Mathematical Finance and Applied Probability Seminar Tensor PCA for Implied Volatility Surfaces Andrew Papanicolaou (NYU)
Wednesday, September 18th, 20194:00 PM - 5:00 PMStorrs CampusMONT 313
Principal component analysis (PCA) is a useful tool when trying to uncover factor models from historical asset returns. For the implied volatilities of U.S. equities, there is a PCA-based model with a so-called principal eigenportfolio whose returns time series lies close to that of an overarching market factor. Specifically, this market factor is a new volatility index that we have constructed to be a weighted average of implied-volatility returns with weights based on the options' vega and open interest (OI). This OI-weighted index is one among several possible new indices that can be constructed by collecting implied volatilities from options on many individual equities. We analyze the singular values from the tensor structure of implied volatilities from the S&P500 constituents, and find evidence indicating there to be at least two significant factors in this market, with the first component have similarities with the OI-weighted index.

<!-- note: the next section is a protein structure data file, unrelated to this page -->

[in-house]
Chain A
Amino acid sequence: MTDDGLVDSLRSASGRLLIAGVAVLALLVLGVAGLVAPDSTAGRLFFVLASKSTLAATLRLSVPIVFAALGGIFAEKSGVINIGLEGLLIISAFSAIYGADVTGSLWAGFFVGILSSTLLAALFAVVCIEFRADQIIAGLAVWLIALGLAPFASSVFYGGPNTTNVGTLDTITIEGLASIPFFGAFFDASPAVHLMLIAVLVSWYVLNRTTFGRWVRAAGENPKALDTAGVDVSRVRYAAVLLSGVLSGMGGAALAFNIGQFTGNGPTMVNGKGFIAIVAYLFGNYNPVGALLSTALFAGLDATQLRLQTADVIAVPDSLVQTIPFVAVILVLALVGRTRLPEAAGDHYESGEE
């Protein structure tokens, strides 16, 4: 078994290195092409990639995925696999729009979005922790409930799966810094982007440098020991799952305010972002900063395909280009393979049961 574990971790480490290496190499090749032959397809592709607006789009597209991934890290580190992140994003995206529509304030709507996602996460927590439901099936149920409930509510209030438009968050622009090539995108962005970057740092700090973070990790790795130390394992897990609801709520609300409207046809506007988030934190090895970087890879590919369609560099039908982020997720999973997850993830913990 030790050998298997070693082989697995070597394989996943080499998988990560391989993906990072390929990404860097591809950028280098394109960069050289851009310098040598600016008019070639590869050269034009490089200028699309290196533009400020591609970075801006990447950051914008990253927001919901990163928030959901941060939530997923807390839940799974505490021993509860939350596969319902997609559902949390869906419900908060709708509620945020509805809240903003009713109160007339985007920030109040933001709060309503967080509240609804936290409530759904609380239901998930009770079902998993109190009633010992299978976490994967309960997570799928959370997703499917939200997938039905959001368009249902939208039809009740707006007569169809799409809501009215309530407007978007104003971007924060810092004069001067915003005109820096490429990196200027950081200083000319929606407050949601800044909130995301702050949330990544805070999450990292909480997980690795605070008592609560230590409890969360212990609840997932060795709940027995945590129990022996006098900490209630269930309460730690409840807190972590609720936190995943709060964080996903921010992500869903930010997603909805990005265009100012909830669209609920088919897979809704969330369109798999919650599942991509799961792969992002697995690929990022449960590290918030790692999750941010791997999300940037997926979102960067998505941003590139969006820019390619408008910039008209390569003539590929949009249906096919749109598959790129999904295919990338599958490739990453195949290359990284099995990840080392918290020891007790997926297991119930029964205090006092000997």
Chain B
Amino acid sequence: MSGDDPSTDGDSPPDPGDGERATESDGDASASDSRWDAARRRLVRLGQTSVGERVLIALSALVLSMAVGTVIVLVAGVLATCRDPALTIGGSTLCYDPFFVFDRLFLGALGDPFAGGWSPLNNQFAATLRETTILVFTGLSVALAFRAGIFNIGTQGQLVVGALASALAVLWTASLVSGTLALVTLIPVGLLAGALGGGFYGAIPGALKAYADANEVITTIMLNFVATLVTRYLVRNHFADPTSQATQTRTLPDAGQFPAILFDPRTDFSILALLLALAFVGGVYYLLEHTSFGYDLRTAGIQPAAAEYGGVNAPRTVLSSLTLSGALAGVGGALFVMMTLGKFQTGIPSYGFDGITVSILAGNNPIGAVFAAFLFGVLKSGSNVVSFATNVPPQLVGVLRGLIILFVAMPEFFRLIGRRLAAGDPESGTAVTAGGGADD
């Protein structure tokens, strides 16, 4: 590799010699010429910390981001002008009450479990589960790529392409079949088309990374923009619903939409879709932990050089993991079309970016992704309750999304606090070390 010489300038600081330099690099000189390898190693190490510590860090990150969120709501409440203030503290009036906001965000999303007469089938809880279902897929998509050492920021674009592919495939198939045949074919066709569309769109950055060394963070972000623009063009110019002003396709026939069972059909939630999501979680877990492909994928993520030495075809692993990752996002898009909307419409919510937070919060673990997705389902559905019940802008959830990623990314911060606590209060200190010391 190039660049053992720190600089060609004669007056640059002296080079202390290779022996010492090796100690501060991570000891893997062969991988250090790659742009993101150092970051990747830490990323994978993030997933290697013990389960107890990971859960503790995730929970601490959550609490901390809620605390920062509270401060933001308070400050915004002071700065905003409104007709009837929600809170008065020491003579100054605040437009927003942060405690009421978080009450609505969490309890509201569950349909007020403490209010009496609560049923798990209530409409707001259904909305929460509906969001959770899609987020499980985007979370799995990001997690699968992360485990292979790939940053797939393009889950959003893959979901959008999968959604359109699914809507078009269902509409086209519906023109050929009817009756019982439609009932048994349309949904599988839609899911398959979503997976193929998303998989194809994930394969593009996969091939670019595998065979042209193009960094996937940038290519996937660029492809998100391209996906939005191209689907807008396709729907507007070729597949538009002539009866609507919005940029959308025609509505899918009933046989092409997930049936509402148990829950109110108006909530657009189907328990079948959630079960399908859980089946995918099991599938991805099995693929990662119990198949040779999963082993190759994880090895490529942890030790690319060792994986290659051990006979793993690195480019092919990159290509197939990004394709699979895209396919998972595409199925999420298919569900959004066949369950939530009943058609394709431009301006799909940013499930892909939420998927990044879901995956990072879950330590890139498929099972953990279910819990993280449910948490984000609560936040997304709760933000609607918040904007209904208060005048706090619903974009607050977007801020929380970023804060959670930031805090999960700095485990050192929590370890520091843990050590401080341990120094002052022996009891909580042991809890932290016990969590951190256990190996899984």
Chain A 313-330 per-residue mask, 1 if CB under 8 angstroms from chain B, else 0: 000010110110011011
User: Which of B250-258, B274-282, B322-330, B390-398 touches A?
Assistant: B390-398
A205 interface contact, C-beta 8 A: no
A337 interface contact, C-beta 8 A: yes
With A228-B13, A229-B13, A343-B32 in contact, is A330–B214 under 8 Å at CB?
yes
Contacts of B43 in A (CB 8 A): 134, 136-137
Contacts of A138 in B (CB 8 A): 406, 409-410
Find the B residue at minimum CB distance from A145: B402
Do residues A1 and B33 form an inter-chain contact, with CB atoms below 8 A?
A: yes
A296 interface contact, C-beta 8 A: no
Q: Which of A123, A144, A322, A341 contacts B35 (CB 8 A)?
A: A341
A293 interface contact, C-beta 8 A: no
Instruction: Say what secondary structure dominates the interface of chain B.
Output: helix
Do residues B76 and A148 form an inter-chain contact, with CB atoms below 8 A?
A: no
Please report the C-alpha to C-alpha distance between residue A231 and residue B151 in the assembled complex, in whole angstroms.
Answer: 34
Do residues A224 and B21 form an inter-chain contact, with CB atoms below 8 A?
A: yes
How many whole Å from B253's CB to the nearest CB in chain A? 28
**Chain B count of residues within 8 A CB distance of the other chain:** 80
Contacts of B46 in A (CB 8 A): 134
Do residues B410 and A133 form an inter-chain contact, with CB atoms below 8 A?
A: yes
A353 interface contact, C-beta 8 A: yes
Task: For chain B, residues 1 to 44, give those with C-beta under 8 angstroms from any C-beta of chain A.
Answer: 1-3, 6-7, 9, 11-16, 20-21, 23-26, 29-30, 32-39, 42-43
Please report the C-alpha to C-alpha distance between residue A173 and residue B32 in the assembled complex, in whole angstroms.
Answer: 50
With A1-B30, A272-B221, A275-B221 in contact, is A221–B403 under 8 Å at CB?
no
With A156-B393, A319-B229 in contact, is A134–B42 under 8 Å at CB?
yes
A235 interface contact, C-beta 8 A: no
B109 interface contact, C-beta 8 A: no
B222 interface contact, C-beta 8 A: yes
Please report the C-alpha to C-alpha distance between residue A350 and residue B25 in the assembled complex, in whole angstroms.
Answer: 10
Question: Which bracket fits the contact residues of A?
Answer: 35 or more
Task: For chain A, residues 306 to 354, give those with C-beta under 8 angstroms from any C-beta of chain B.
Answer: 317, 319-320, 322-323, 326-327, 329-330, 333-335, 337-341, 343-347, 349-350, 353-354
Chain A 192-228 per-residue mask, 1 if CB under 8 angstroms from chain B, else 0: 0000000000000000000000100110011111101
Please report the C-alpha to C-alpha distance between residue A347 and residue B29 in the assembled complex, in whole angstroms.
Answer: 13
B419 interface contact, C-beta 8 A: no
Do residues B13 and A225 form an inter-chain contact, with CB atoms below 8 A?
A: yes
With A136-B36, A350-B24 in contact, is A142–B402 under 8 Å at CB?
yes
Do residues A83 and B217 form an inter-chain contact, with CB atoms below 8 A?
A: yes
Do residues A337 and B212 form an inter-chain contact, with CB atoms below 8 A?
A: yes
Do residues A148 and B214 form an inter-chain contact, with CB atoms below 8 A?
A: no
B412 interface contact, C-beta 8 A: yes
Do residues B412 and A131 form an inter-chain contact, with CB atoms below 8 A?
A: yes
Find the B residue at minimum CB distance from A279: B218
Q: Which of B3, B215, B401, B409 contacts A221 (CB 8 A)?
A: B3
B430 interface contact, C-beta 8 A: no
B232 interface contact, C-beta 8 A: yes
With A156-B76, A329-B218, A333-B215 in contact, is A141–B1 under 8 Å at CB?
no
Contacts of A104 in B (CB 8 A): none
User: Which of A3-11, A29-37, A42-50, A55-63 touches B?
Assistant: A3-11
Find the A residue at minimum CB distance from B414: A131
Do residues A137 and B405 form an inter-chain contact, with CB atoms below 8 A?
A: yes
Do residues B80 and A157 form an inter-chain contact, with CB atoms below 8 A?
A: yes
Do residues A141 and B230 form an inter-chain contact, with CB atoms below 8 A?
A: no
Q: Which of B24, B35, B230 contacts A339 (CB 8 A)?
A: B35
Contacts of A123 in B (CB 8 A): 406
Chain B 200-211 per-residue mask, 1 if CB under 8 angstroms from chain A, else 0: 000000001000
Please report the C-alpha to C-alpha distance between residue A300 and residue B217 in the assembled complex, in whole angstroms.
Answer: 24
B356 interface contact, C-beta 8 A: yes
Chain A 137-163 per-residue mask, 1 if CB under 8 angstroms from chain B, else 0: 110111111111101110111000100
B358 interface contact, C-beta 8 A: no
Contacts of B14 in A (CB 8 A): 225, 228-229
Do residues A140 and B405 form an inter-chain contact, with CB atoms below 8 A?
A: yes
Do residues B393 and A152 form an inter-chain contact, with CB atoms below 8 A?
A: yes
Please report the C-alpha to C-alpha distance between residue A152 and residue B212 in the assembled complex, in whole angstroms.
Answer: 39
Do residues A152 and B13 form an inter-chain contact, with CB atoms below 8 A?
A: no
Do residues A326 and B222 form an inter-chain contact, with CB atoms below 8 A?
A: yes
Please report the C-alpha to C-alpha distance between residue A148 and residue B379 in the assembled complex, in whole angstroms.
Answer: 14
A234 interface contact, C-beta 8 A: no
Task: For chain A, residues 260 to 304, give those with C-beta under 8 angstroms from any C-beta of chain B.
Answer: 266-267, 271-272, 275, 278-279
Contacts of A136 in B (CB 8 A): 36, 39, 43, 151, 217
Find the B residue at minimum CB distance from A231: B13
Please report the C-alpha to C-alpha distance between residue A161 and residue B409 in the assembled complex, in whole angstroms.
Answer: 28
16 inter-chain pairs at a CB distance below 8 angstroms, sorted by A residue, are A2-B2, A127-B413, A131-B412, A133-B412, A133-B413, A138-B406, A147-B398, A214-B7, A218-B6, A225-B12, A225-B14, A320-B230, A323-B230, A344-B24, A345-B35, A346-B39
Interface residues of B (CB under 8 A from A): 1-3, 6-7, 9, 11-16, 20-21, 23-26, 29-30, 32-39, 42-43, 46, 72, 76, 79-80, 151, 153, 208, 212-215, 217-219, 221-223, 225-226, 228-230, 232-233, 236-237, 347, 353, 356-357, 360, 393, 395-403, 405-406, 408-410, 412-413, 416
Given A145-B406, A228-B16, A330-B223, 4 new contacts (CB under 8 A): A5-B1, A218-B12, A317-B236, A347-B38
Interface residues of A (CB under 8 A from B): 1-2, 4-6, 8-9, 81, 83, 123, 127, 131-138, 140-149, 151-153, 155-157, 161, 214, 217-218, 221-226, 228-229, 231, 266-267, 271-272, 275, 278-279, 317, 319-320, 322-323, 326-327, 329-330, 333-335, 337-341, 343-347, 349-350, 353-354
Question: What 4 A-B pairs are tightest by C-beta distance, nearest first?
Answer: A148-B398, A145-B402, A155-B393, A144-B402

Mathematical finance and applied probability seminar On pricing rules and optimal strategies in general Kyle-Back models Albina Danilova (London School of Economics)
Wednesday, October 30th, 20194:00 PM - 5:00 PMStorrs CampusMONT 313
The folk result in Kyle-Back models states that the value function of the insider remains unchanged when her admissible strategies are restricted to absolutely continuous ones. In this talk I will show that, for a large class of pricing rules used in current literature, the value function of the insider can be finite when her strategies are restricted to be absolutely continuous and infinite when this restriction is not imposed. This implies that the folk result doesn't hold for those pricing rules and that they are not consistent with equilibrium. I will derive the necessary conditions for a pricing rule to be consistent with equilibrium and prove that, when a pricing rule satisfies these necessary conditions, the insider's optimal strategy is absolutely continuous, thus obtaining the classical result in a more general setting.
This, furthermore, allows to justify the standard assumption of absolute continuity of insider's strategies since one can construct a pricing rule satisfying the derived necessary conditions that yield the same price process as the pricing rules employed in the modern literature when insider's strategies are absolutely continuous.